let hashnodeStr = " Hashnode is a supportive\n platform! "

let myRegEx = /\S/g

hashnodeStr.match(myRegEx)
// (30) ["H", "a", "s", "h", "n", "o", "d", "e", "i", "s", "a", "s", "u", "p", "p", "o", "r", "t", "i", "v", "e", "p", "l", "a", "t", "f", "o", "r", "m", "!"]

Checkpoint! 🏖️

We're gotten technical quite quick! I know you're doing alright but it's time to take a bit of a break and go over what we just saw with the gnomes !

  • You can use ( ^ ) to match the beggining of strings /^Hashnode/ AND also to specify characters we don't want /[^aeiou]/.

  • We match the ending string patterns with a dollar sign( $ ) at the end of our RegEx.

  • Instead of doing [a-z0-9] we can instead use lowercase \w that covers BOTH all letters and numbers.

  • If you don't want to match everything BUT letters and numbers use \W in UPPERCASE.

  • To match all numbers we need \d in lowercase.

  • To match all non numbers we need \D in UPPERCASE.

  • When we're in the need to match white space we can use \s in lowercase.

  • If instead we want to match all NON white space we use \S in UPPERCASE.

Okay! That's it. Take this 🧃 and you're ready to continue!

Quantifiers

They explicitly identify the number of characters, group or string we want to match!

What you need to know:

  • To look for one or more characters use the plus sign ( + )
  • To look for zero or more characters use an asterisk ( * )
  • The character for quantity specifiers curly brackets { }

So if we wanted to match

let str= "2021"

We'd use a quantity specifier to match those 4 numbers. It'll look something like:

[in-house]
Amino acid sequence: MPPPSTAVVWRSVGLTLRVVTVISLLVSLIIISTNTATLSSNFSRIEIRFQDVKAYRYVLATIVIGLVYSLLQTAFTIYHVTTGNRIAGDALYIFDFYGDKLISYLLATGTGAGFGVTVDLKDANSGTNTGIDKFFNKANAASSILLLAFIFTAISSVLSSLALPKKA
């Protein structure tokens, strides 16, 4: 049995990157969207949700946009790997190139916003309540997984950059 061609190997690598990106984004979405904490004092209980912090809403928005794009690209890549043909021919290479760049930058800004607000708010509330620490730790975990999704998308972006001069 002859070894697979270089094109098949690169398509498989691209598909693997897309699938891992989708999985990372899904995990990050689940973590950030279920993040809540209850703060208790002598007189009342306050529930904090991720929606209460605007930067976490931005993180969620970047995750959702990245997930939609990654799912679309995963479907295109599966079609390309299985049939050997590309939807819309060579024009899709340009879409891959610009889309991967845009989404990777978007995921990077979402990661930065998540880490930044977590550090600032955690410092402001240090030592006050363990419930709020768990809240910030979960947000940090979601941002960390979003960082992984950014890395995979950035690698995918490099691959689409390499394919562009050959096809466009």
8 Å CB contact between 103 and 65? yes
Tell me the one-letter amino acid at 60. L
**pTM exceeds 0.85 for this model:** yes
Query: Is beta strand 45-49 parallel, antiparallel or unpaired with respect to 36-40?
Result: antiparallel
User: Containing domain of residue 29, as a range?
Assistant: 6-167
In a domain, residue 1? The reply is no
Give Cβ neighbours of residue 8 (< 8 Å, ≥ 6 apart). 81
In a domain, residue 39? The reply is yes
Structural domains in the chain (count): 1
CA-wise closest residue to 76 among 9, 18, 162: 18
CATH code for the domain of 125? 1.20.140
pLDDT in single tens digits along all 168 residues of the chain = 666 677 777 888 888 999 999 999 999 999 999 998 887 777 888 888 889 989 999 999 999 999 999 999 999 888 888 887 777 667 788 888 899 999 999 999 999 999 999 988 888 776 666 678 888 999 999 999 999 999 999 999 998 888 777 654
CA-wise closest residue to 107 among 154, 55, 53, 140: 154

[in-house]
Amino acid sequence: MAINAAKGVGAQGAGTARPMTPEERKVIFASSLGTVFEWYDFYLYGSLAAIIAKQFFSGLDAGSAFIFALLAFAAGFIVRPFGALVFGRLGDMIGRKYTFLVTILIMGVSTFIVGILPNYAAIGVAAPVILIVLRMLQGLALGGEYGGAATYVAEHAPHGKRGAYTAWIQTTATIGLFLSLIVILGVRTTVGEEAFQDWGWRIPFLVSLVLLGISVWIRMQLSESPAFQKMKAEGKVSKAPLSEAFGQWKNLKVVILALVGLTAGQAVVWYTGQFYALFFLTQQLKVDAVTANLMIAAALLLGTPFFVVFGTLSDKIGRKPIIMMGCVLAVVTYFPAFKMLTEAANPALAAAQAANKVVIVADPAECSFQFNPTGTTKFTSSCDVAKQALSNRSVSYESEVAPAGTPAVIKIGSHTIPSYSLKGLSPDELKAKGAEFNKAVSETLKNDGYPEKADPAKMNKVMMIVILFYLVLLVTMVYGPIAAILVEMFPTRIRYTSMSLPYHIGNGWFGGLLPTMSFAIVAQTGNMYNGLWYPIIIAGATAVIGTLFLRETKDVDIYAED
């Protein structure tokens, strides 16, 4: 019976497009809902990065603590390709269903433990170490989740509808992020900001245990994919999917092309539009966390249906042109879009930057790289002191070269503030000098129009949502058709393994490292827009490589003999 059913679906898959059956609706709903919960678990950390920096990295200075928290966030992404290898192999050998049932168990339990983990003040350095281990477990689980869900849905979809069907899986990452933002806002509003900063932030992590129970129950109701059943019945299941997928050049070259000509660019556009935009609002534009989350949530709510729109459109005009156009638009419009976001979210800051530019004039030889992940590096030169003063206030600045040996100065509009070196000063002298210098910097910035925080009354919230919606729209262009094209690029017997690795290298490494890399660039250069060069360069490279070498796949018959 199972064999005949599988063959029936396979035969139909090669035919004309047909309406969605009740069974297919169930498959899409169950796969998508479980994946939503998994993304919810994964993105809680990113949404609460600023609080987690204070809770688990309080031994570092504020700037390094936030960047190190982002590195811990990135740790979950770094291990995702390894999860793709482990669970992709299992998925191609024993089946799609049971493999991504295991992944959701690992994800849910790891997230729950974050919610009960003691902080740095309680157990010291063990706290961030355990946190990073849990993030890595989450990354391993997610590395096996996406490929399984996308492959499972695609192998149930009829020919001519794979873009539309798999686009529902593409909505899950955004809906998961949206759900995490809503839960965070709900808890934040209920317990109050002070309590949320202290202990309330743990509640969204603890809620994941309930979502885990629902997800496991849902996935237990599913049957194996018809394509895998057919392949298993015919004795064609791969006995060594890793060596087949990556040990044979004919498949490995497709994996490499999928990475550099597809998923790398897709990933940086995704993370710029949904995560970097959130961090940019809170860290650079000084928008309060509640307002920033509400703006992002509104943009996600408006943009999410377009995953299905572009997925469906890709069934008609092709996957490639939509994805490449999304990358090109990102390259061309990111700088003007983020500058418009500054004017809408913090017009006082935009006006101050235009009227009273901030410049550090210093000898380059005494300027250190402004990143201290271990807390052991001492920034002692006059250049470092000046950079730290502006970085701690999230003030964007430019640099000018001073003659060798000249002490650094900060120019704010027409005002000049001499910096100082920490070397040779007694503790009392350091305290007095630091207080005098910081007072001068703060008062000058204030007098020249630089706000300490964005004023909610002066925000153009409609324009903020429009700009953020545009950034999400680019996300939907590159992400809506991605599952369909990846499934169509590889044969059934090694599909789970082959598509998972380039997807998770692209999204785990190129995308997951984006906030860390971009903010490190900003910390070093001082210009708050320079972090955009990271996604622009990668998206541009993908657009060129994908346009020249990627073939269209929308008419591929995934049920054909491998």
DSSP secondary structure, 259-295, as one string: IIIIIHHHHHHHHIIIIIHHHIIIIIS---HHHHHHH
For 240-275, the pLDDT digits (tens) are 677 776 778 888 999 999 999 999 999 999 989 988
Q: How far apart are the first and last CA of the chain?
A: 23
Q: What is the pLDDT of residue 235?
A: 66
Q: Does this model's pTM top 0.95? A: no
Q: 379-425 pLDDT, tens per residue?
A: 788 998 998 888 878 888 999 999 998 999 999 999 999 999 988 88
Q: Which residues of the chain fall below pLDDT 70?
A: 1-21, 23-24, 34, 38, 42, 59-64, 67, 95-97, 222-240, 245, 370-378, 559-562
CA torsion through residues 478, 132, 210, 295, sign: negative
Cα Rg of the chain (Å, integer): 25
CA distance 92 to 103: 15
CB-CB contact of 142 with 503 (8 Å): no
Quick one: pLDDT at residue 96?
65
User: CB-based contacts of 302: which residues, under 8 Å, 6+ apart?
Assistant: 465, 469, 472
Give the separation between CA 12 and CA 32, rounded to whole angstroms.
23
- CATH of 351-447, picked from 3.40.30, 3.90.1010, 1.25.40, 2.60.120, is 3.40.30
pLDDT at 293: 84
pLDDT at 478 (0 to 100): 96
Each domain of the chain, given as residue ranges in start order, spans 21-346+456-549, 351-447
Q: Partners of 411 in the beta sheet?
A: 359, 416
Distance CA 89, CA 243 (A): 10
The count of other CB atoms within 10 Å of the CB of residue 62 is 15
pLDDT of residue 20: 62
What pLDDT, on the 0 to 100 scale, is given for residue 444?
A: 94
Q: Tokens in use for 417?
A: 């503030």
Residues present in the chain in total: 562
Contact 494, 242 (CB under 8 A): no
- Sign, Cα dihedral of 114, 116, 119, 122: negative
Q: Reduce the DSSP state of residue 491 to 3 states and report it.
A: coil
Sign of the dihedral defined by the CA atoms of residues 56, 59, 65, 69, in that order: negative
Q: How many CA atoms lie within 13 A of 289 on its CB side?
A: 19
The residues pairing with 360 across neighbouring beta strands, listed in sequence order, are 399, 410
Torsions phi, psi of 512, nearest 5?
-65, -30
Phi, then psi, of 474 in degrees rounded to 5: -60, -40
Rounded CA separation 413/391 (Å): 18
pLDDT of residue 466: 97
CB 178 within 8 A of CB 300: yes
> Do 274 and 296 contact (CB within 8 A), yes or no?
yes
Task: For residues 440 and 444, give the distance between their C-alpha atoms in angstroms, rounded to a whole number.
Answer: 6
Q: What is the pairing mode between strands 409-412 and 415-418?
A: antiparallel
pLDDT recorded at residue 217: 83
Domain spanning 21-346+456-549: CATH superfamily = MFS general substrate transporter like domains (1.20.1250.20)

let myRegEx = /\d{4}/

str.match(myRegEx) // ["2021"]

⚠️ Remember \d in lowercase is used to match all numbers!!

Specify the number of matches

To let the gnomes know the exact range we want for both upper and lower number of matches we need once again the quantity specifiers -> {n,m} this time with two numbers.

  • n representing the lowest
  • m representing the highest this is optional, if not specified it'll use {n}

Let's see it !

let str = " 2021 is the current year, it'll be '22 next one"

let myRegEx = /\d{2,4}/g //to find a number from two digits to four globally. 

str.match(myRegEx) // (2) ["2021", "22"]

myRegEx.test(str) // true

Get the lowest number of matches

Now let's skip the highest number -> {n,} , it means one or more

let str = "2021 is the current year, it'll be '22 next one"

let myRegEx = /\d{2,}/g  //to find a number from two digits and it'll run the sequence n or more times globally 

str.match(myRegEx) // (2) ["2021", "22"]

myRegEx.test(str) // true

⚠️ It's very important to remember that this is a shorthand and will have the same result as saying /\d+/:

let str = "2021 is the current year, it'll be '22 next one"

let myRegEx = /\d+/g  //to find a number from two digits and it'll run the sequence n or more times globally 

str.match(myRegEx) // (2) ["2021", "22"]

myRegEx.test(str) // true

And if we have an specific quantity on the number of matches we want the gnomes to get us we can lose the comma and just have the {n} like we saw in the beginning!

let str= "2021"
let myRegEx = /\d{4}/

str.match(myRegEx) // ["2021"]

Check matches for zero or one

It helps you verify the existence of a character.

We do this by using a question mark ( ? ) .

Yuri's learning tip: think of it as what it is, a question mark saying that the element before it it's optional, right?

A great example for this is color - colour:

let usa = "color"
let uk = "colour"